Thursday, November 10, 2005

Have seen a couple of interesting posts on parents' rights over the last day or so.

Come on, let's be reasonable: I don't go on benders at Chuck-E-Cheese, so what makes you think that you can turn, say, the 1369 into Romper Room?

Now, I, like most reasonable people without children, am not militantly anti-kid (How could I be? I worked in Child Welfare for years - yes, taking care of kids) or anything, but don't push me or others like me, okay? You have rights, but so do I. You infringe on my rights, I'm not going to be happy. It's not "hating," it's a natural response.


Yogo said...

Funny that someone would call this "hating."

Be said...

Sometimes you hear "Racist!" or "Classist!". Or even "elitist!" Most often you hear "Hater!", though, because it's a generic term to use for anyone you disagree with. Rhetoric being what it is here, and due to the fact that most people don't agree with many of the points I may try to make, I get called it a lot.

Anonymous said...

I just read this yesterday.

I liked the point made, "Part of parenting skills is teaching kids they behave differently in a restaurant than they do on the playground."

When my sister goes out to eat with her two young boys, she picks family restaurants that are prepared to accomodate her. You don't go there without expecting to hear screaming kids. Similarly, I have learned to stay away from matinees. I don't want to hear the 4-year-old behind me narrate the movie, but he has just as much right to go see it, and you can't really control kids 100% of the time. There are family places and there are adult places... we should be respectful and understanding of each.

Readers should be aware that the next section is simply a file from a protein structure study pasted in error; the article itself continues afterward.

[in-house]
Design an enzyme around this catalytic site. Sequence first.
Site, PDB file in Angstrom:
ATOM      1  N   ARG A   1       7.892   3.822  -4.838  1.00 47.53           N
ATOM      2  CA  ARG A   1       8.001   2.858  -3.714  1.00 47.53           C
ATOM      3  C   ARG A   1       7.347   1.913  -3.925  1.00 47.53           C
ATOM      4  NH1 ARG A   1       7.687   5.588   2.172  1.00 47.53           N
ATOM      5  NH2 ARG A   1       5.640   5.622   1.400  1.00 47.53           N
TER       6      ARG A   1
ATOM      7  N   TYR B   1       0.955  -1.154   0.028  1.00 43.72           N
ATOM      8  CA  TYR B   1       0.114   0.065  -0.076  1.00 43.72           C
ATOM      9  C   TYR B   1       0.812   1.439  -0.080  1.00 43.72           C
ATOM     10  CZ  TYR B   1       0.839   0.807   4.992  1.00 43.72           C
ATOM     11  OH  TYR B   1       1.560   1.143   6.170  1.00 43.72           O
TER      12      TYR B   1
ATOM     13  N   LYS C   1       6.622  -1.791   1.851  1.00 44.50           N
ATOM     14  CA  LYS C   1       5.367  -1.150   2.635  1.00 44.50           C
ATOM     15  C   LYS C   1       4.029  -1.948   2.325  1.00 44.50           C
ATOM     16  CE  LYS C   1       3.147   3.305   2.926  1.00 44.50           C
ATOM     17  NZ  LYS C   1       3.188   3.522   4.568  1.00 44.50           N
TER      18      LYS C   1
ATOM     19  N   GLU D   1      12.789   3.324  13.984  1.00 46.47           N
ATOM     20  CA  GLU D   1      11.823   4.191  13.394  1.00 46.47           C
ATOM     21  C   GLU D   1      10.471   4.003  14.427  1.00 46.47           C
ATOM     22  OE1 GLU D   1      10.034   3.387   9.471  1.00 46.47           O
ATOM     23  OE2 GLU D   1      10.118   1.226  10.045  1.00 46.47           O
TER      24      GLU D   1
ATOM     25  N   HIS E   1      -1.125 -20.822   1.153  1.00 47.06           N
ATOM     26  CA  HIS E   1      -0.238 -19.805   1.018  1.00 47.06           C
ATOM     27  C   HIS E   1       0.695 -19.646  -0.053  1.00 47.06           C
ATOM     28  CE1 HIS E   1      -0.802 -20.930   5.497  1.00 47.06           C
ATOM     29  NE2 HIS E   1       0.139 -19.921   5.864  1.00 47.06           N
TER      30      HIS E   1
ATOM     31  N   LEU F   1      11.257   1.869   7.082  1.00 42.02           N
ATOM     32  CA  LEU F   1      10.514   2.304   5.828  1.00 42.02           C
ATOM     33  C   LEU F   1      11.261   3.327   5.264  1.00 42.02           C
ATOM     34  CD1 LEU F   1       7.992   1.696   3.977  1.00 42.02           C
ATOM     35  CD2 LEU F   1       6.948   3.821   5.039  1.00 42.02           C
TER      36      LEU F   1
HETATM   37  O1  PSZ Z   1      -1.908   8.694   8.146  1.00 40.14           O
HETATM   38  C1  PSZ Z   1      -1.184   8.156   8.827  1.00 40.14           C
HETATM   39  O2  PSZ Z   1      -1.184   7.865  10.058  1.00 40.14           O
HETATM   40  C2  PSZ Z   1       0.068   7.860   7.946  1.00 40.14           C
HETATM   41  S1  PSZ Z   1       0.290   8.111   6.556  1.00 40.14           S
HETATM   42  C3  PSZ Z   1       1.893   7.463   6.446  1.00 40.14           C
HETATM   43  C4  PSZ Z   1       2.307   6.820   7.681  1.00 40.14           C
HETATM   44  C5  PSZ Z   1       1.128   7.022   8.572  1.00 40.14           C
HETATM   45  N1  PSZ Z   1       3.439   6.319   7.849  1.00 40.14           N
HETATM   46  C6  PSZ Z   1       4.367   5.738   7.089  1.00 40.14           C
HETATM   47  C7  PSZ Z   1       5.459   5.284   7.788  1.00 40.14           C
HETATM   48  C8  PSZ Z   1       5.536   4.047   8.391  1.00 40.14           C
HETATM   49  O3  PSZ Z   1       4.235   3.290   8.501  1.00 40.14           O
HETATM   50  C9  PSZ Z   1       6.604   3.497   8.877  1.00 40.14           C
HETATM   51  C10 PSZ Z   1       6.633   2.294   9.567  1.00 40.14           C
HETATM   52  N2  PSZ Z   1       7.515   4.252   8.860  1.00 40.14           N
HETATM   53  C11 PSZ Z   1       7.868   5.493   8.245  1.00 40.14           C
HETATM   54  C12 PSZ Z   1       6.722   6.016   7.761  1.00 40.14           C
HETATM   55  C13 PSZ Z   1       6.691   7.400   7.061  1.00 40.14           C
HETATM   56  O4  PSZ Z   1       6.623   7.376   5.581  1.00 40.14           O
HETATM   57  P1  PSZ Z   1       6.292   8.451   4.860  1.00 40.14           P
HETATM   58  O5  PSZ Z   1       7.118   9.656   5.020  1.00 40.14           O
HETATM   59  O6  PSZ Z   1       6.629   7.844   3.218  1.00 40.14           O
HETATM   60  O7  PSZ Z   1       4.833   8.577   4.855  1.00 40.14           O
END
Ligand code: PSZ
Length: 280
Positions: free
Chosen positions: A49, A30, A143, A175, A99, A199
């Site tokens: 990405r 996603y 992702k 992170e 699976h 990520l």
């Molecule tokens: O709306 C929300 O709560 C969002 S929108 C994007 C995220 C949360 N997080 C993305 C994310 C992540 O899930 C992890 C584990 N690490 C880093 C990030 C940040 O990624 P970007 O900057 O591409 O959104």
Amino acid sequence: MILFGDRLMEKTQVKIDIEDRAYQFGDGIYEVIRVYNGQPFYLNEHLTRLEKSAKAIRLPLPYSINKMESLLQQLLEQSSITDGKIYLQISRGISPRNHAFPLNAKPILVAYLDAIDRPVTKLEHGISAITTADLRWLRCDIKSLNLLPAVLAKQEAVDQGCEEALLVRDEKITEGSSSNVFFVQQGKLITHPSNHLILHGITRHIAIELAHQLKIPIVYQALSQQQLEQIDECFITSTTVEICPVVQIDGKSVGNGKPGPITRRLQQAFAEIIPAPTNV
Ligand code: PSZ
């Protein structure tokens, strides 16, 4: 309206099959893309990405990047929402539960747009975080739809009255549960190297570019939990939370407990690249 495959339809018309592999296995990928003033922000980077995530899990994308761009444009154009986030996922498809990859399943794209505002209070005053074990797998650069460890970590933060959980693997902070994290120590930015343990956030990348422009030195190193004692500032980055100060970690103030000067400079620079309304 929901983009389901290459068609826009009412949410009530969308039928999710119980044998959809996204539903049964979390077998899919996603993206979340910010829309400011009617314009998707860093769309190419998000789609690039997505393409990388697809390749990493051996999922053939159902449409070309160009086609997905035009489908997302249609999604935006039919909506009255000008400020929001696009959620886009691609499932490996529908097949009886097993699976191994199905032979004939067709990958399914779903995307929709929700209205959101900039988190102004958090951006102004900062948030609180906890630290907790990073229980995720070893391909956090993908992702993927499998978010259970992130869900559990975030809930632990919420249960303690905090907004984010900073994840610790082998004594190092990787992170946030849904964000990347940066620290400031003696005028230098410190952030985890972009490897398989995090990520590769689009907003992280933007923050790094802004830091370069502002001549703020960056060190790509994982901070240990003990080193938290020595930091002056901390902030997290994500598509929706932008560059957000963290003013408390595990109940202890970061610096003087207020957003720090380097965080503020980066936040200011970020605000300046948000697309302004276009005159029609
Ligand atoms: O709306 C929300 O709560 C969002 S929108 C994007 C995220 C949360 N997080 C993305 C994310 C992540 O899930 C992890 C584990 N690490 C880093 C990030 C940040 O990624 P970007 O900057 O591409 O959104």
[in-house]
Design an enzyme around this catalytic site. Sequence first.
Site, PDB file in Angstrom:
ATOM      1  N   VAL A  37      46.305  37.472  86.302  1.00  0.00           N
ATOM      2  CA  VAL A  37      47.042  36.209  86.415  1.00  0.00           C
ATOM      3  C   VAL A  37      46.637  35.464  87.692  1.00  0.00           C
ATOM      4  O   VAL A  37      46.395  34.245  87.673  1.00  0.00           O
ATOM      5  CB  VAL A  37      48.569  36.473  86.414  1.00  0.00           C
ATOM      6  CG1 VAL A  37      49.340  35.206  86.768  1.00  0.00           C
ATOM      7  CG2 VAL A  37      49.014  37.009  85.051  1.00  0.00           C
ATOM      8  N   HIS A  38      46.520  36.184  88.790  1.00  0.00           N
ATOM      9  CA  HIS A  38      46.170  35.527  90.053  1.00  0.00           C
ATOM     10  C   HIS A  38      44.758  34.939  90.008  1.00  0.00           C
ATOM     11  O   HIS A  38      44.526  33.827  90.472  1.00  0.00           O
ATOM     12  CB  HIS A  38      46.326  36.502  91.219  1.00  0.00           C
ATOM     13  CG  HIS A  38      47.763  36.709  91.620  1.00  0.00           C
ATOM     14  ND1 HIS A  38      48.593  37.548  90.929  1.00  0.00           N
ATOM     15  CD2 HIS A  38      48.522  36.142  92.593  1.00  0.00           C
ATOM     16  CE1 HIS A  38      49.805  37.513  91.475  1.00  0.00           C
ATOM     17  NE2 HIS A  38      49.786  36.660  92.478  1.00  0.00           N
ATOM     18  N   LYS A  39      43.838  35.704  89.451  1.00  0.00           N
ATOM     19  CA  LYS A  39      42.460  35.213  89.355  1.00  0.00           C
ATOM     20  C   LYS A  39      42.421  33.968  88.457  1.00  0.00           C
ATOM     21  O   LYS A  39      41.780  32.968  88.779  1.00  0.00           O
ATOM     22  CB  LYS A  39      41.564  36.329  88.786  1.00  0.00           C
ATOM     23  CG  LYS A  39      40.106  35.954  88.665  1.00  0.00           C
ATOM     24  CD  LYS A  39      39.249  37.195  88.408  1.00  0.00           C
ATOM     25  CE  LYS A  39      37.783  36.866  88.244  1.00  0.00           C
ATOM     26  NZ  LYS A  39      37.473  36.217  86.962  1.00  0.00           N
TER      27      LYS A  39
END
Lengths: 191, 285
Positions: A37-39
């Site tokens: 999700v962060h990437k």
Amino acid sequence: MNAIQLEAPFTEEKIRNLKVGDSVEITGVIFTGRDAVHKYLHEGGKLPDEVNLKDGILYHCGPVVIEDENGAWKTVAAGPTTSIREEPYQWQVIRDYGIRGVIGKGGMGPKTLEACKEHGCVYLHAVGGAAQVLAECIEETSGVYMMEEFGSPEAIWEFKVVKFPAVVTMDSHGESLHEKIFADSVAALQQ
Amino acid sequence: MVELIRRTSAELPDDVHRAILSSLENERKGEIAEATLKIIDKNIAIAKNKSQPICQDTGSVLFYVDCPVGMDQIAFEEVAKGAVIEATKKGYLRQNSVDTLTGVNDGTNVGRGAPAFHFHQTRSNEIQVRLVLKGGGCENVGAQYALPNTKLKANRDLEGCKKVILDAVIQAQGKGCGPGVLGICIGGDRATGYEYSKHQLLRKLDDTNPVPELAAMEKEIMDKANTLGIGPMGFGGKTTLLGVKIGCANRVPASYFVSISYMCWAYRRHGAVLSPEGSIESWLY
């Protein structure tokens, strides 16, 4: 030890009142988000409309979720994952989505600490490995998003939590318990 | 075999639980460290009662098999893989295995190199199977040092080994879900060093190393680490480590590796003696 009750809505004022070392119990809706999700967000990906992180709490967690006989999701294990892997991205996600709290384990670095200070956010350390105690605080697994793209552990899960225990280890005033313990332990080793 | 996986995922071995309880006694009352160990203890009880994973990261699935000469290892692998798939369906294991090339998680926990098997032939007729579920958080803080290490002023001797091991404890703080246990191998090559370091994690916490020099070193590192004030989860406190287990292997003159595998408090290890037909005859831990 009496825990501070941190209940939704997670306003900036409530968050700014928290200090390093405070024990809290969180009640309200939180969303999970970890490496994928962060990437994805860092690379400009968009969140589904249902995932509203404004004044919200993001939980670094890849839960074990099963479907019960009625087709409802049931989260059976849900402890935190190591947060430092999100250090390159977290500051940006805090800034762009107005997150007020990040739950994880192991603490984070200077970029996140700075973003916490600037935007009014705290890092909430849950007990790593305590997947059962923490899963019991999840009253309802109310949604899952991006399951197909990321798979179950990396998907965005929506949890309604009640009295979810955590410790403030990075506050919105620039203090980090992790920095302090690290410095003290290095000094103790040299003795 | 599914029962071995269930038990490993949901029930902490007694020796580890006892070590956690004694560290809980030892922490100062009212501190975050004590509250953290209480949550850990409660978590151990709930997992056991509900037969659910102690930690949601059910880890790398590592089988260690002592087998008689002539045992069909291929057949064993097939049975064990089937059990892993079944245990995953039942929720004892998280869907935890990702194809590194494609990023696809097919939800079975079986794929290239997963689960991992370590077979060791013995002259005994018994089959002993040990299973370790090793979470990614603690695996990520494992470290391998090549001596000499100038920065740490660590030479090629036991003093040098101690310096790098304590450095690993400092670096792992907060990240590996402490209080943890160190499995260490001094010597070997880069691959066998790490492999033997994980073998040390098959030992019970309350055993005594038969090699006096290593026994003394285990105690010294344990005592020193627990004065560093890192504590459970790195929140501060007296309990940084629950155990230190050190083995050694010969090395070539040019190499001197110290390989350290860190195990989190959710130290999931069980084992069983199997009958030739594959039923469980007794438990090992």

Nick said...

Happens to me at Starbucks all the time.

I'm trying to do some work, enjoy my coffee, maybe flirt with the barristas... and then suddenly... kids are running around yelling with parents hardly paying attention to them.

Then you have the parents trying to find a table with their SUV strollers taking up the entire sitting area.

It does get bothersome after while.

Neal said...

be, you ever think that there are some parents that wouldn't be caught dead in Chuck E Cheese either? I didn't know that giving birth banned you from ever enjoying a decent cup of coffee. I'm a lover, not a hater.

Be said...

Neal - you miss the point of the post.
I didn't say that being a parent denies the right of coffee. What I did say was that with rights come responsibilities.

Be said...

Anon: I agree. When you have kids, you need to anticipate certain lifestyle changes. What I'm railing against is the notion that we all have to accomodate people who breed and choose not to discipline their kids. Going to a family restaurant, I expect to see kids. I'd like for them to be decently occupied (like I mentioned in a comment at one of the posts I linked to), and understand that meltdowns do occur. I don't, however, have much sympathy for people who decide to show up at a Starbucks during rush hour with a playgroup.

Yogo said...

Come on, aren't we giving Starbucks too many props here? Every Starbucks I've seen is either attached to a B&N, next door to Bed, Bath, & Beyond, inside a grocery store, etc. It's not some exclusive upscale cafe. It's a chain coffee house. Same goes for La Madeleine (is that in Boston now?). The one near me that I had to stop going to is near a high school. I don't want to sit around giggling 17 year olds either.

Be said...